2020 Reflections and 2021 Forecasts: Seattle Storm
What is the Seattle Storm’s salary cap situation and what might the team look like next year?
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While so many teams were scrambling and trying to stay together amidst the complexities of 2020, Seattle swept their way to the franchise's fourth WNBA championship. Now the question is whether the Storm can become the first team to retain their title in nearly 20 years. We continue our team-by-team assessments with a look at the Seattle Storm.
By the Numbers
Record: 18-4 (.818), won WNBA title
Points Scored: 87.5 (2nd), Points Allowed: 76.0 (1st), Margin Per Game: 11.5 (1st)
Offensive Rating: 106.1 (2nd), Defensive Rating: 91.8 (1st), Net Rating: 14.2 (1st)
Pace: 82.7 (6th)
While 2020 has obviously been a very difficult and complicated year for everyone, once the season began nearly everything went remarkably smoothly for the Storm. They had Breanna Stewart and Sue Bird back in the fold after missing the 2019 season and they slid back in seamlessly, deepening the bench by allowing Jordin Canada and Mercedes Russell to drop back to reserve roles. Unlike several other teams that lost key players due to opt-out decisions, the Storm's only subtraction was head coach Dan Hughes, who was replaced by assistant Gary Kloppenburg with seemingly very little disruption. Even during the season Seattle only really had one meaningful injury or absence to handle, with Bird missing half their games. However, it always felt like they were nursing Bird through the regular season, confident they could keep winning without her and saving her for the postseason.
Despite giving up the No. 1 seed on the final day of the regular season, Seattle was the best team in the league all year long - both according to the statistics and the eye-test. Even with Bird going in and out of the lineup and Natasha Howard starting the year off shockingly slowly on the offensive end, their team defense dominated and the offense flowed, allowing the Storm to keep the minutes of key players like Stewart, Bird and Jewell Loyd under control. They stretched defenses out by shooting nearly 40% from three-point range, with virtually everyone in the rotation besides Canada and Russell a threat to fire, while Stewart was a top-two MVP candidate throughout the year. Stewart, Howard and Alysha Clark were all Defensive Player of the Year candidates, while there were even bright spots off the bench from Sami Whitcomb's gunning and rookie post Ezi Magbegor showing flashes of what might be to come from her in future years.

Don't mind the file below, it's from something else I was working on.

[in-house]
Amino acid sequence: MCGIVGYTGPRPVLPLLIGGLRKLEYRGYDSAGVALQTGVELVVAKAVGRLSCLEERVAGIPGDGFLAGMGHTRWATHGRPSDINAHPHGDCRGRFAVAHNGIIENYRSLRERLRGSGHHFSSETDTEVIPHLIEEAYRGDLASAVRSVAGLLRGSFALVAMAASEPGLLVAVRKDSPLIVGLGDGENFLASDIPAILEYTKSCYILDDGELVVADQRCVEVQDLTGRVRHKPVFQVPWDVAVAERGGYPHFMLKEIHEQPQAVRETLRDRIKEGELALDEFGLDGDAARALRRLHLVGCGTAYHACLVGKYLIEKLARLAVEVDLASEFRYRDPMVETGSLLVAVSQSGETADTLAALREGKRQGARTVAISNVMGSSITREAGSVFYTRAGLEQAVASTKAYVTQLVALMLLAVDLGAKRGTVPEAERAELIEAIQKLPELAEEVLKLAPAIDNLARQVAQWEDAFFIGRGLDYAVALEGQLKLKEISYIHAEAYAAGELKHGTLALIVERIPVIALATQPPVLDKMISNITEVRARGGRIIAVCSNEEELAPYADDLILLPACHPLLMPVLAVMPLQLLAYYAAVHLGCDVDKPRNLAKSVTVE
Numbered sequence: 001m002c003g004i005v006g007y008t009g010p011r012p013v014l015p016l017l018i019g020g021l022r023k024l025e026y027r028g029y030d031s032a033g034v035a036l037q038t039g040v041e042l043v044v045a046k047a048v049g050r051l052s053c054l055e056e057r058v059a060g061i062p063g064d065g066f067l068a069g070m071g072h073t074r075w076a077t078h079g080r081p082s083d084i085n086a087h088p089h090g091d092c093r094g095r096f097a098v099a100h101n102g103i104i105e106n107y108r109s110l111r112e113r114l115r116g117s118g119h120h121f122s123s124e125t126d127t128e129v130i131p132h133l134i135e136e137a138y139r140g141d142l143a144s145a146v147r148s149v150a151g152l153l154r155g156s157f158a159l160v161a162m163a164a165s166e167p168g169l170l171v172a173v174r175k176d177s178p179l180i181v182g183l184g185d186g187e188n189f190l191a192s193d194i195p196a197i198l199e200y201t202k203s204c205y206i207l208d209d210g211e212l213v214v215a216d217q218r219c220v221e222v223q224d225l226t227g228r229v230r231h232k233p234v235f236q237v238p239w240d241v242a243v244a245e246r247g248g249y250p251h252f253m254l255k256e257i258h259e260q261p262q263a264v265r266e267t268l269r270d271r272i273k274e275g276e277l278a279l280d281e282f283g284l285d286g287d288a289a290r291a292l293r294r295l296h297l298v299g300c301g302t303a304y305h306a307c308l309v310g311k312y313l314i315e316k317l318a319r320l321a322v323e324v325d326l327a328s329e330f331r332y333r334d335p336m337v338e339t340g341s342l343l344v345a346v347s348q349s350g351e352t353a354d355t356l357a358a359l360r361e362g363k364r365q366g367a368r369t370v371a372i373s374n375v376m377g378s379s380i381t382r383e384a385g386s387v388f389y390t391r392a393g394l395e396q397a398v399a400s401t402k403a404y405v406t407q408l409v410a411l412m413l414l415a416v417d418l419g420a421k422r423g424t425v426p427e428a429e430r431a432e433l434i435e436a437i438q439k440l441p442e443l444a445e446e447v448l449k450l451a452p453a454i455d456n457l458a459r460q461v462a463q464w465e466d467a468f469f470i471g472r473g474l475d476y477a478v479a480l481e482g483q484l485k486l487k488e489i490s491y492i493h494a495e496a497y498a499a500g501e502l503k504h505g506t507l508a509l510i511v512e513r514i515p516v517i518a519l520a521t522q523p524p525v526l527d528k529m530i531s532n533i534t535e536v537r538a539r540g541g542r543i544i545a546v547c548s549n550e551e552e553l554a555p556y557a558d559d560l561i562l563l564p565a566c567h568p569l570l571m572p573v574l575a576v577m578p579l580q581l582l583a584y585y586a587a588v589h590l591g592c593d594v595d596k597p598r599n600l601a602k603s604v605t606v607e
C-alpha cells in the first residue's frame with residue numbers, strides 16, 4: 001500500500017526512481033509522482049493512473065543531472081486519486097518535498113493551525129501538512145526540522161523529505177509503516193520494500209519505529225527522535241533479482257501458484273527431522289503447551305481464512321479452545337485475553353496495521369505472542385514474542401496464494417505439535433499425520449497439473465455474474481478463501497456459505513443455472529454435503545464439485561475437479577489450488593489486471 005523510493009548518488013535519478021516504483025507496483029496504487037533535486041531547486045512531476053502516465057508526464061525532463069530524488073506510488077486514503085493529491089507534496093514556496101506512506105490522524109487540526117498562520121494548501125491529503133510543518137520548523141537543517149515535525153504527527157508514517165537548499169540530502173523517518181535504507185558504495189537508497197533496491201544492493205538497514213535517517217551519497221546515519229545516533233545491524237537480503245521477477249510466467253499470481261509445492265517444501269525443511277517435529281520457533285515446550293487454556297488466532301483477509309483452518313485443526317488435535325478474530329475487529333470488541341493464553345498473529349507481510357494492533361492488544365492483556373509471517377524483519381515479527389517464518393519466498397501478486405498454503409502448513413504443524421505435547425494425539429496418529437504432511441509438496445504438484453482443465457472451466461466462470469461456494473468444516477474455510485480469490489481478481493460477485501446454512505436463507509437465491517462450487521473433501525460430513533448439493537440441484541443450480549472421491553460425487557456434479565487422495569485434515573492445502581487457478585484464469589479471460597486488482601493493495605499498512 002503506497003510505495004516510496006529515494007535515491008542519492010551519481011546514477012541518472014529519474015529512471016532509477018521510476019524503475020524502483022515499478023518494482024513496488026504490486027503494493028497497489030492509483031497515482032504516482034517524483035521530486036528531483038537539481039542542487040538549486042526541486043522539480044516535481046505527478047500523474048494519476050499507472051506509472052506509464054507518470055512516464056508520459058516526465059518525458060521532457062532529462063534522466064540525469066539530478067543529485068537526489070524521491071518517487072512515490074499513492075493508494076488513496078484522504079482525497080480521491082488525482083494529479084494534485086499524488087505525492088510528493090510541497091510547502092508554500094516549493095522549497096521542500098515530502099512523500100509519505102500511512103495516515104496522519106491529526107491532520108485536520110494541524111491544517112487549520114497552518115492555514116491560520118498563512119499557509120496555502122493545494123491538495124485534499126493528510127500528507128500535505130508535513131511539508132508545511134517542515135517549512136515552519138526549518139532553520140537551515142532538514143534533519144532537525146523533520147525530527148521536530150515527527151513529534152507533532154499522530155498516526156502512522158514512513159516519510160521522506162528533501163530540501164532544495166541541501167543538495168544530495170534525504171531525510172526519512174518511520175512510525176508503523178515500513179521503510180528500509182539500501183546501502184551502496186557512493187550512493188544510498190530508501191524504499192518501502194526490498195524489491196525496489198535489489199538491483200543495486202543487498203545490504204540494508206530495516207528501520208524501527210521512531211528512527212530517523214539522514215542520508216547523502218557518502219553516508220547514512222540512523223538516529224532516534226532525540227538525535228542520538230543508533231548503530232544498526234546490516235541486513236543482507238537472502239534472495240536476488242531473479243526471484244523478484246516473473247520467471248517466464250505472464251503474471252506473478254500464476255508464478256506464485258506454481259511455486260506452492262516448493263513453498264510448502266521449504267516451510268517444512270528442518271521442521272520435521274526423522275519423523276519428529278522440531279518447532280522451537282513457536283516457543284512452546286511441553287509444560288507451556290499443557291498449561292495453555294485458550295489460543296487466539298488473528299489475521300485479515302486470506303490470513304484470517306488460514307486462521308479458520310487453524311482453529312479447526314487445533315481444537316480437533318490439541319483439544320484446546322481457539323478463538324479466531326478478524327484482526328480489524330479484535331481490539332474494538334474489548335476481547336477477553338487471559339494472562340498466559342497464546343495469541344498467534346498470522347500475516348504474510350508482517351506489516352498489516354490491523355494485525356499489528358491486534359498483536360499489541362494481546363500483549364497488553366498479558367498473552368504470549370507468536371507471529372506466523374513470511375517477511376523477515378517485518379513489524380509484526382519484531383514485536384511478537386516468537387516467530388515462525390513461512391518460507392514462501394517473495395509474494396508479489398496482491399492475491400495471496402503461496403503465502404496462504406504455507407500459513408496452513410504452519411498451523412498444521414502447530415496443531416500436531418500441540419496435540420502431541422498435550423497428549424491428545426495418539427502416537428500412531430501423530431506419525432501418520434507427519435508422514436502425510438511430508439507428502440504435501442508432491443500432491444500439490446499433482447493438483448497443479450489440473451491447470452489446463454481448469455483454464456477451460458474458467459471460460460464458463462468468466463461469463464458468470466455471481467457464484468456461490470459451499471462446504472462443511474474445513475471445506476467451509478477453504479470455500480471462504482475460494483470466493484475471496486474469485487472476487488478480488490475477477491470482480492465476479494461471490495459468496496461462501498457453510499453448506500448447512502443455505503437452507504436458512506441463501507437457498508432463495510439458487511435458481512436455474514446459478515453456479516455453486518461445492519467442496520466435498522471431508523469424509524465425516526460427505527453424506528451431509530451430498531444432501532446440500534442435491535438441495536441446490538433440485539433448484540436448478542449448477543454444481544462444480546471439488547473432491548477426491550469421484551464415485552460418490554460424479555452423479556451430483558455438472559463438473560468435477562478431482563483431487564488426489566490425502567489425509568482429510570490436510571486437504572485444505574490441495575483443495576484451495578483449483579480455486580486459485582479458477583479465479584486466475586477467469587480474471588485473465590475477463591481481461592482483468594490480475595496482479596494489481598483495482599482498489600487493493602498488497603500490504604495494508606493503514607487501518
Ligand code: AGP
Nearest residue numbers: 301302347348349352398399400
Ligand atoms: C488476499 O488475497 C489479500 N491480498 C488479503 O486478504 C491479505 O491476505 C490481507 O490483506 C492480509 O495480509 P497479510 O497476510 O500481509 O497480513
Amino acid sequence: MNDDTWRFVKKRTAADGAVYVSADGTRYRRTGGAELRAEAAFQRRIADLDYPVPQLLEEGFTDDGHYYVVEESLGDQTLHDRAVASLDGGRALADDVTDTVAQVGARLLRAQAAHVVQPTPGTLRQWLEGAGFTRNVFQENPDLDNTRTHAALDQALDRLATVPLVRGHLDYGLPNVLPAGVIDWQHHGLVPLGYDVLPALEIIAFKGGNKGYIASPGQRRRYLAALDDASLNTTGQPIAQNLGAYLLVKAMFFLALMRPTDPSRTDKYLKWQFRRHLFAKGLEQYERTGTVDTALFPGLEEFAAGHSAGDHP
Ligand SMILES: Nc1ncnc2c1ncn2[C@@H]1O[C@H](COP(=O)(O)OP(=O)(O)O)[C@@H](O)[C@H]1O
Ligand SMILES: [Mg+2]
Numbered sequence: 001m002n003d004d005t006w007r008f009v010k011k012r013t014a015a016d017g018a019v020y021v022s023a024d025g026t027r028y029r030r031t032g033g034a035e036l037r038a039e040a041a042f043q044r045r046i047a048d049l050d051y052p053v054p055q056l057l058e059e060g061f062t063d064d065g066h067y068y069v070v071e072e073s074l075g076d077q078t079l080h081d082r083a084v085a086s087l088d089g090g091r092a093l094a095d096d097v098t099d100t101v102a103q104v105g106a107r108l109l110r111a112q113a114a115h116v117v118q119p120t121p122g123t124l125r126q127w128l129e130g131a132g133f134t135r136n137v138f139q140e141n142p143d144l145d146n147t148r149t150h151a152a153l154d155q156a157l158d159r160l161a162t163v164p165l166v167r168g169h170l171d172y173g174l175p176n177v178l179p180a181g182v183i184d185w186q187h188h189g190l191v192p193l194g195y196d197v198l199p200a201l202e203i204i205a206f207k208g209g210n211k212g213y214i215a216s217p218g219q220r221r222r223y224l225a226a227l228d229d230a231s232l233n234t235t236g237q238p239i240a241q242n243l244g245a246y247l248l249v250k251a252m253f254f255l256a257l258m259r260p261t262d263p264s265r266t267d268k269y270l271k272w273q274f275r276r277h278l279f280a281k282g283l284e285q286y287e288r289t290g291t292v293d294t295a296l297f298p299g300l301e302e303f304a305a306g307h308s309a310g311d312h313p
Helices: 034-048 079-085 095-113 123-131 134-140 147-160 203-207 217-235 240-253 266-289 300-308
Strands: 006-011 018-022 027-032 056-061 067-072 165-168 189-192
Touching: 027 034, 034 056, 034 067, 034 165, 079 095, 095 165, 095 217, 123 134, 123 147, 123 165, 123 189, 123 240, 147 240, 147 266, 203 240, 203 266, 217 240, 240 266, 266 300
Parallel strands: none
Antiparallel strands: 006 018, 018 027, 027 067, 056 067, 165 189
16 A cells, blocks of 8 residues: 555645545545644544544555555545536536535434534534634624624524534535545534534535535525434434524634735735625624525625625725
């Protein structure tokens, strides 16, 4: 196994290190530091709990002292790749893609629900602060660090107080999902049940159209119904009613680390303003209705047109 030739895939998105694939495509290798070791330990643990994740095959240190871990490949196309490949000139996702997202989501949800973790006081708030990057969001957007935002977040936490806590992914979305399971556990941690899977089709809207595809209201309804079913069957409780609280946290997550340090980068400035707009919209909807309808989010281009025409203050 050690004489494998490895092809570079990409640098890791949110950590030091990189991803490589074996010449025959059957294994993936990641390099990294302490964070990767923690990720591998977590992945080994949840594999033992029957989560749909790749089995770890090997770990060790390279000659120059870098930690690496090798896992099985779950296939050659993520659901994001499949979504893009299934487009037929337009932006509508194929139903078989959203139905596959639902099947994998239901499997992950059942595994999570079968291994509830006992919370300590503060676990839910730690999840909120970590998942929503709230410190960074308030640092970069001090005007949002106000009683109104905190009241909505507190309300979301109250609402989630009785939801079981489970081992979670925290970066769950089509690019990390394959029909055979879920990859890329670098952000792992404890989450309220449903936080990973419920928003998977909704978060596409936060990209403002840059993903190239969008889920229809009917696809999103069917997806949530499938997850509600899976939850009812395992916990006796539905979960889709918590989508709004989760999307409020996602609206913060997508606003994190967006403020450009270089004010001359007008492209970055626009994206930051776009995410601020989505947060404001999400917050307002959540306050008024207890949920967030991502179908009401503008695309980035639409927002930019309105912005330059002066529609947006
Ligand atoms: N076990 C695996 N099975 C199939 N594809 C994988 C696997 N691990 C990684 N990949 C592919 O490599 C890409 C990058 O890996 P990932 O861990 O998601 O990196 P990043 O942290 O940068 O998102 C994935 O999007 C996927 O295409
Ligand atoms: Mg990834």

The Storm won their six playoff games by a combined 92 points. Their biggest scare came when the opening game of their semi-final series against Minnesota was postponed due to multiple inconclusive COVID-19 tests, but everyone was eventually cleared to play. Their narrow win in that delayed opener was the only Storm playoff game that finished closer than a 10-point margin, hammering home how good Seattle had been in 2020. Now it becomes a question of trying to keep this squad together for another run next year.
Salary Cap Situation
Unrestricted free agents
Free to sign with any team
Restricted free agents
Current team can match contract signed with another team
Reserved and “Suspended-Contract Expired” players
Can only negotiate with the Storm
2021 Draft Picks
11th Pick (11th pick 1st round), $64,375
18th Pick (6th pick 2nd round, via Connecticut)
23rd Pick (11th pick 2nd round)